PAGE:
There are vast differences between the United States and Scandinavian prison systems. Take Norway for example. Norway’s incarceration rate is 75 people per 100,000; approximately 3,842 prisoners in the entire country.
That’s mighty low compared to the United States, whose rate is 707 people per 100,000, or 2,228,424 people behind bars.
Norway has no death penalty, no life sentences. Even their worst offender, Anders Behring Breivik, the man responsible for perhaps the largest mass shooting in the world (he killed 77 people and injured hundreds more), might only serve a maximum sentence of 21 years.
Core philosophies about the purpose of prison are vastly different. In America, prison is about retribution. In Scandinavian countries, the focus is on normalization.
In Norway, yearly meetings about prison policy are held in the mountains and prisoners are regularly invited. Prisons in America are inhumane, violent and degrading. Prisoners don’t have a say in prison policy.
In Norway, health care is provided through community facilities rather than prison services. They don’t privatize their prison services, unlike in the United States, where private companies are greatly expanding their reach.
Norwegian prison officials receive two years of training with an emphasis on the value of treating inmates humanely. In the United States, prison officials receive minimal training and humane treatment is not the norm. They tend to be harsh, unforgiving and militaristic.
Prison conditions in Norway are relaxed. That is certainly not true in US prisons where violence is common. Being a prison official is anything but relaxed. It is a dangerous job.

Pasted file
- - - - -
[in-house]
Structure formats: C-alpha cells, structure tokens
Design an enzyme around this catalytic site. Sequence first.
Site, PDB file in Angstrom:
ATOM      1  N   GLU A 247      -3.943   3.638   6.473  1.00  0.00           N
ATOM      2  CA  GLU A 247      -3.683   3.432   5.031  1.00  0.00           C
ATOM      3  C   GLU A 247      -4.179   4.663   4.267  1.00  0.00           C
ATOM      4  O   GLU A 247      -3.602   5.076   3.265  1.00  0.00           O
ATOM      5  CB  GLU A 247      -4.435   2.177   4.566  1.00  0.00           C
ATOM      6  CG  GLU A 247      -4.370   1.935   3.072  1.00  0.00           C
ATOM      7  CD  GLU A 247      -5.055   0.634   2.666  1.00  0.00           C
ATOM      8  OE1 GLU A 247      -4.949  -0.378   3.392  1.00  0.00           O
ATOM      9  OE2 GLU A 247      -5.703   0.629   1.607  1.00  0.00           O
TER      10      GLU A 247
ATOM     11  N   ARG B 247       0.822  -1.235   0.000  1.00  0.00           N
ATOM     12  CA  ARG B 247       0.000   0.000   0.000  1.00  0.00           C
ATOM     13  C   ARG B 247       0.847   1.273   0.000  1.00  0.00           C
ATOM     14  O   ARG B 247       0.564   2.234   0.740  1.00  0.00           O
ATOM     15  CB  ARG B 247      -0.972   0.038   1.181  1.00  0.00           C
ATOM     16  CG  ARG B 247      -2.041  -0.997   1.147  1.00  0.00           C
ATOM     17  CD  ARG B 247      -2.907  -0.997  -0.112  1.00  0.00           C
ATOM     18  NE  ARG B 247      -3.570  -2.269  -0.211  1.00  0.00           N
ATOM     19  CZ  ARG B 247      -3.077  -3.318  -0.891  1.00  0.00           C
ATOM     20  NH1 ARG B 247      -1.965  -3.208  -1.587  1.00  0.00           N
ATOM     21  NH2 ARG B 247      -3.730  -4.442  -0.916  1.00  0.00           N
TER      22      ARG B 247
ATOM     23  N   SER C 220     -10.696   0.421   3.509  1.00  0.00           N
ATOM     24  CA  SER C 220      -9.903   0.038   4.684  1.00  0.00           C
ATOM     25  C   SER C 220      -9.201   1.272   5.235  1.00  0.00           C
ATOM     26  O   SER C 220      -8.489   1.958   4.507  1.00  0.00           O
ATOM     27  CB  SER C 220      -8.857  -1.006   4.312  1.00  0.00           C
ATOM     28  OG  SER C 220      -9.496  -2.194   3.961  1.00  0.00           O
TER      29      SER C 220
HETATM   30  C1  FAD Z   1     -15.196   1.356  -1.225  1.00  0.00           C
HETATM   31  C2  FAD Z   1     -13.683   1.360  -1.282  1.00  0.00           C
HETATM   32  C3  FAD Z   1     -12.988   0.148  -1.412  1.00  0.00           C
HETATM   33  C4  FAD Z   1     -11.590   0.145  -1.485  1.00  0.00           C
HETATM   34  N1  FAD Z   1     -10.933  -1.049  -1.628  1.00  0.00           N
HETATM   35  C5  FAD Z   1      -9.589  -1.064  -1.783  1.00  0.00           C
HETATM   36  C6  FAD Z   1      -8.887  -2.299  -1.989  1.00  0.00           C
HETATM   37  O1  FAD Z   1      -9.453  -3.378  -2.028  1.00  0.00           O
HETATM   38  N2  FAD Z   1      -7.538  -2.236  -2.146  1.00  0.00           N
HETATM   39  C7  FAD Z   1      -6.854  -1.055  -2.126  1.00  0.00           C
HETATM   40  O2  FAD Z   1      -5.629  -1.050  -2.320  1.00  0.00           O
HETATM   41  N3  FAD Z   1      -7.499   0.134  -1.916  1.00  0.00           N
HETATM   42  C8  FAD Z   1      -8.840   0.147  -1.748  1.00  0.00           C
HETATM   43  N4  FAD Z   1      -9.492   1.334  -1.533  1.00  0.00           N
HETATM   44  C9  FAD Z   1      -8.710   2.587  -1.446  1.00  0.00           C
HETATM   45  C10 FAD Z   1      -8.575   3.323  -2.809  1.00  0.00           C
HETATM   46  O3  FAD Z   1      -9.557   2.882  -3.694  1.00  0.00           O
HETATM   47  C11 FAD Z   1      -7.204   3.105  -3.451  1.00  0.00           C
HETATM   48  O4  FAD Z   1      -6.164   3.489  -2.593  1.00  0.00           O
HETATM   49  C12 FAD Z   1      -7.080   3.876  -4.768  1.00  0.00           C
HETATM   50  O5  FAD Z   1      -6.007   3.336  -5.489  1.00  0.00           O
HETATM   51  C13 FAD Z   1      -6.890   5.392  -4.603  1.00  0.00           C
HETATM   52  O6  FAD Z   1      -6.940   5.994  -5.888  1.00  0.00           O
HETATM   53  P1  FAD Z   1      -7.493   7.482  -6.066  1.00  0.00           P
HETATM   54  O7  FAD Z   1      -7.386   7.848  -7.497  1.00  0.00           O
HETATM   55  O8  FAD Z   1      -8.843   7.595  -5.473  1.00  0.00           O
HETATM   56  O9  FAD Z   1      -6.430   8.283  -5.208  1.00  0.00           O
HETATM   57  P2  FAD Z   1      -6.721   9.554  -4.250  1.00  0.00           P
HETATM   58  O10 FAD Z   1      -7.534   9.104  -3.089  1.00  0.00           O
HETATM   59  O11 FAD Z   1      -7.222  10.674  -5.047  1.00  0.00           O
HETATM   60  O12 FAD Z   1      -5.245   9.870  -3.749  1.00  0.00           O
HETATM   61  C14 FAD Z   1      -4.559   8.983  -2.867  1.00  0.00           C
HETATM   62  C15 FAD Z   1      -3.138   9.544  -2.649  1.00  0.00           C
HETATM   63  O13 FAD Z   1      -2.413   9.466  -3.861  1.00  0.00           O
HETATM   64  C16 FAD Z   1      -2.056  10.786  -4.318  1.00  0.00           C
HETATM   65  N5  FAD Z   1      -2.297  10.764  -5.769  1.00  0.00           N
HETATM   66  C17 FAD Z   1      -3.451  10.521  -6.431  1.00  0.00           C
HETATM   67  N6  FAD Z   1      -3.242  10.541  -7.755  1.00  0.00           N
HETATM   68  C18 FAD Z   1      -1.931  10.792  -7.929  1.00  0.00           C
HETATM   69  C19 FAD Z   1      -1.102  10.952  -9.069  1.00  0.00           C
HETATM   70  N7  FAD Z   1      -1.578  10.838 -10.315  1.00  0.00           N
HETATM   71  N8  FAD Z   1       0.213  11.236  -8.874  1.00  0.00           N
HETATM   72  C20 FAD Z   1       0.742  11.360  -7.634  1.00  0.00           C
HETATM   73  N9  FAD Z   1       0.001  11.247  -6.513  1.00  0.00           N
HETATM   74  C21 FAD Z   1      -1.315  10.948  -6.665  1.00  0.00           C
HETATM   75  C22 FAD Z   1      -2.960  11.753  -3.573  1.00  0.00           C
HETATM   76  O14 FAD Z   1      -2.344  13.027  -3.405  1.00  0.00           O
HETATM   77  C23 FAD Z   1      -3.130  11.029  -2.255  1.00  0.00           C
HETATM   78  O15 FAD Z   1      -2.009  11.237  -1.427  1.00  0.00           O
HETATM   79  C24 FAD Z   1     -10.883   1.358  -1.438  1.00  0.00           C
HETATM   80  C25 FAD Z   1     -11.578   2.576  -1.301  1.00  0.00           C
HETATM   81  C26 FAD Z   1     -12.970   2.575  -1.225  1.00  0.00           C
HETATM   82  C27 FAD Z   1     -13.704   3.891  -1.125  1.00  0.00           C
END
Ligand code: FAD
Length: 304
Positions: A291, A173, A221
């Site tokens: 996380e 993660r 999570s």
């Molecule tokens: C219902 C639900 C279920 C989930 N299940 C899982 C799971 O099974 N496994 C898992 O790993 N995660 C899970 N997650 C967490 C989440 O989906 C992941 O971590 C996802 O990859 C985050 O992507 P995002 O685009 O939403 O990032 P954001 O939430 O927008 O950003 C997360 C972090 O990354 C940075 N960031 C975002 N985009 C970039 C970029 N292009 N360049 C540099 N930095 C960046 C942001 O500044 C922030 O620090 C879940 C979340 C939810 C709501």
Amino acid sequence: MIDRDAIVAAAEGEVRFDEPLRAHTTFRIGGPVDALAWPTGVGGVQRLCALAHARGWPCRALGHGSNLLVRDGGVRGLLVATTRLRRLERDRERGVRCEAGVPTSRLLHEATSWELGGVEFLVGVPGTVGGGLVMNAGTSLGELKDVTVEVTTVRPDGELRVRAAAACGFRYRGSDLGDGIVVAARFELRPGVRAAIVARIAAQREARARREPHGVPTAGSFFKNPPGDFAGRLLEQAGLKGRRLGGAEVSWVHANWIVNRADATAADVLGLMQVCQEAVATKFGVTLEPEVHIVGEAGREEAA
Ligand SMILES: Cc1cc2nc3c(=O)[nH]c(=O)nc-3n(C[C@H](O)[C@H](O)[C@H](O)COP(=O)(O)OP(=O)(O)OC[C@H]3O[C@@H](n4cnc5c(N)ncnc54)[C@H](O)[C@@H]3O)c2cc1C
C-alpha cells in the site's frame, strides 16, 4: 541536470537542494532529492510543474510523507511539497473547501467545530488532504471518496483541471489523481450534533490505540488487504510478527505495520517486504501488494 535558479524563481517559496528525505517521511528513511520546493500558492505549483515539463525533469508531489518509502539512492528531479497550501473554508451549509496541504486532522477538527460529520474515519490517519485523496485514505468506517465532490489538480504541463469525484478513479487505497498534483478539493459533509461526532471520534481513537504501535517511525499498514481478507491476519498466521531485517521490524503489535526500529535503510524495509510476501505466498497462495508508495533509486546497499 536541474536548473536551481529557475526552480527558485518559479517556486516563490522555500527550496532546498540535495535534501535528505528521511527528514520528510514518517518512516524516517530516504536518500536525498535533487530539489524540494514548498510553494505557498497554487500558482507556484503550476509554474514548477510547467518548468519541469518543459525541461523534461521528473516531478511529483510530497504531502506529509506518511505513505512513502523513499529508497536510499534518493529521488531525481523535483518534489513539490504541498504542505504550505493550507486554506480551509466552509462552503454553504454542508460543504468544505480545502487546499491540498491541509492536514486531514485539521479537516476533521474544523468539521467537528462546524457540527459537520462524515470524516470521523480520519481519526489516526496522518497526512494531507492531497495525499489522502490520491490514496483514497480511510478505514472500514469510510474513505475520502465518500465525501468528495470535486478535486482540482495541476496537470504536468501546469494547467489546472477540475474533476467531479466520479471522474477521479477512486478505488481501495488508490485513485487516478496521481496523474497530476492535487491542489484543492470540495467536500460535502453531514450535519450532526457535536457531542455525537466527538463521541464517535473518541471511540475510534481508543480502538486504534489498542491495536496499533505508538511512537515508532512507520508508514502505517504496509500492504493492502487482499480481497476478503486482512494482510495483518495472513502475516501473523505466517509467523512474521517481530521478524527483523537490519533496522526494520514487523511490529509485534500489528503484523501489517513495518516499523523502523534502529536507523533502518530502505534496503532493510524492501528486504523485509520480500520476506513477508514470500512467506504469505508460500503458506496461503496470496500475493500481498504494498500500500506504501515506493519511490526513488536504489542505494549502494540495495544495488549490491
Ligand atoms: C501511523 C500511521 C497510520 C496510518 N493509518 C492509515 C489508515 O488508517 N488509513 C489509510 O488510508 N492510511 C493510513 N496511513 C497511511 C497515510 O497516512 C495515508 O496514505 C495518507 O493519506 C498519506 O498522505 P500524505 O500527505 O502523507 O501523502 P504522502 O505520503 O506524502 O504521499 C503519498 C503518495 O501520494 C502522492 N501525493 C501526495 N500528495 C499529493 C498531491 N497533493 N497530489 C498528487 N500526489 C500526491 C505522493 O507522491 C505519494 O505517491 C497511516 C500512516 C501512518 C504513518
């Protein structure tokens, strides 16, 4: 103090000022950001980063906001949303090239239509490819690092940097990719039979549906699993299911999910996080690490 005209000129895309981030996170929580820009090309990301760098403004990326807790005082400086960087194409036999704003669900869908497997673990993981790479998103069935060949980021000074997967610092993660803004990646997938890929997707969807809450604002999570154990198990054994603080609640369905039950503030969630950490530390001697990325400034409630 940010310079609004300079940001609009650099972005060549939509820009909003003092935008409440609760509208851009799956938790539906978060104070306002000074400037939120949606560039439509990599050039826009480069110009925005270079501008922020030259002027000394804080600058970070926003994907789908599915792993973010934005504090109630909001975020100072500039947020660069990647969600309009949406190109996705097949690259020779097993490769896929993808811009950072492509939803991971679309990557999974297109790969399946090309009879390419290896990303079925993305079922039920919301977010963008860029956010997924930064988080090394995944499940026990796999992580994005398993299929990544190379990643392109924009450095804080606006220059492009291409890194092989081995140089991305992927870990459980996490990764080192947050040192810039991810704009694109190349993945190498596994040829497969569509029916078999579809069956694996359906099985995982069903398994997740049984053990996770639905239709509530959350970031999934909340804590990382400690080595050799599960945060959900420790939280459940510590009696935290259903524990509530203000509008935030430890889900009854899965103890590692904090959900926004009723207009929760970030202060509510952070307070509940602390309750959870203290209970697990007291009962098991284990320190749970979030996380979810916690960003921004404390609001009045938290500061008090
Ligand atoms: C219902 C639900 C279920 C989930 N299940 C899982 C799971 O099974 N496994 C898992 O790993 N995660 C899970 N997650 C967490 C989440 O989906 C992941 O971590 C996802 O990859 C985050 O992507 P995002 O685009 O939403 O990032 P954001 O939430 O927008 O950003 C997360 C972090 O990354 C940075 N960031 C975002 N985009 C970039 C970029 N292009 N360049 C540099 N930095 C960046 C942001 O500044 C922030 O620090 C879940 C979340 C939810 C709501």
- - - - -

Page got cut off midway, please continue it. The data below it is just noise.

Batroy prison in Norway has an open prison system. It’s built on an island in the mountains. 100 inmates live in the prison with no walls or fences anywhere. Their goal is to provide prisoners with the cognitive and social skills in order to develop a sense of responsibility for their actions. Inmates work with knives, saws and axes, anything they need to do their work. They are trusted by the prison officials. There is even a guesthouse where prisoners can stay with their families for a weekend.
See the stark differences between the two countries in this video in which Retired superintendent James Conway, a 38-year veteran of the Attica Correctional Facility in New York, tours Halden Prison. He is in for quite a shock.
You can read more about Halden Prison in the New York Times. The article features a great Dostoyevsky quote: “The degree of civilization in a society can be judged by entering its prisons.”
They must be doing something right: Norway’s recidivism rate is about 20%; The United States: about 68%.
Obviously there are dangerous prisoners who should never be granted certain freedoms; especially those who have no chance of ever leaving prison (I am referring to the Tommy Lynn Sells and Jodi Arias’s of the world) but 97% of prisoners will eventually be released. Shouldn’t we want them more “normalized” and thus able to function and reintegrate back into society? Could it be as simple as helping them, giving them education and access to services and skills to find work?
It could be. It was that kind of simple idea from Sam Tsemberis that has “all but solved” chronic homelessness.
We have a lot to learn from Norway.
Scholarly Reference: Pratt, J. (2008). Scandinavian exceptionalism and an era of penal access. British Journal of Criminology, 48, 119-137. doi: 10.1093/bjc/azm072